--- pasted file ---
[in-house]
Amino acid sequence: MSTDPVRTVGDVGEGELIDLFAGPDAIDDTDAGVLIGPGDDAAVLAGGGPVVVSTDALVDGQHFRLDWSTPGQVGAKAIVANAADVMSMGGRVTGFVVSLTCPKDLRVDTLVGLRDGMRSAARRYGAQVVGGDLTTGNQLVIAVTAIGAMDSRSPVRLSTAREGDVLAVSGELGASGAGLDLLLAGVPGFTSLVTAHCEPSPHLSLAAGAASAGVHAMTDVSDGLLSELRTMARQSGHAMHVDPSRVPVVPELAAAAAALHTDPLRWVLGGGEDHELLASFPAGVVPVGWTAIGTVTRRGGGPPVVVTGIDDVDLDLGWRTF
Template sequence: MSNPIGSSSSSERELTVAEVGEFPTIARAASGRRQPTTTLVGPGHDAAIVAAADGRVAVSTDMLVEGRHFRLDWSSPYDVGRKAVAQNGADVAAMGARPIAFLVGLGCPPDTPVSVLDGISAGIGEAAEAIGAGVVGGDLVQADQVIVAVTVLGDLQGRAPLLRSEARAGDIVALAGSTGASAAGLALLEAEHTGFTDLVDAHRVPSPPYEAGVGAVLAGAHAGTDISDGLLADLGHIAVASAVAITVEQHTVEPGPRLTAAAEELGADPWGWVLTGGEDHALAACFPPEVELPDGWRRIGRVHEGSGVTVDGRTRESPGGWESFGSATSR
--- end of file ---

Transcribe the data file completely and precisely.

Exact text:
[in-house]
Amino acid sequence: MSTDPVRTVGDVGEGELIDLFAGPDAIDDTDAGVLIGPGDDAAVLAGGGPVVVSTDALVDGQHFRLDWSTPGQVGAKAIVANAADVMSMGGRVTGFVVSLTCPKDLRVDTLVGLRDGMRSAARRYGAQVVGGDLTTGNQLVIAVTAIGAMDSRSPVRLSTAREGDVLAVSGELGASGAGLDLLLAGVPGFTSLVTAHCEPSPHLSLAAGAASAGVHAMTDVSDGLLSELRTMARQSGHAMHVDPSRVPVVPELAAAAAALHTDPLRWVLGGGEDHELLASFPAGVVPVGWTAIGTVTRRGGGPPVVVTGIDDVDLDLGWRTF
Template sequence: MSNPIGSSSSSERELTVAEVGEFPTIARAASGRRQPTTTLVGPGHDAAIVAAADGRVAVSTDMLVEGRHFRLDWSSPYDVGRKAVAQNGADVAAMGARPIAFLVGLGCPPDTPVSVLDGISAGIGEAAEAIGAGVVGGDLVQADQVIVAVTVLGDLQGRAPLLRSEARAGDIVALAGSTGASAAGLALLEAEHTGFTDLVDAHRVPSPPYEAGVGAVLAGAHAGTDISDGLLADLGHIAVASAVAITVEQHTVEPGPRLTAAAEELGADPWGWVLTGGEDHALAACFPPEVELPDGWRRIGRVHEGSGVTVDGRTRESPGGWESFGSATSR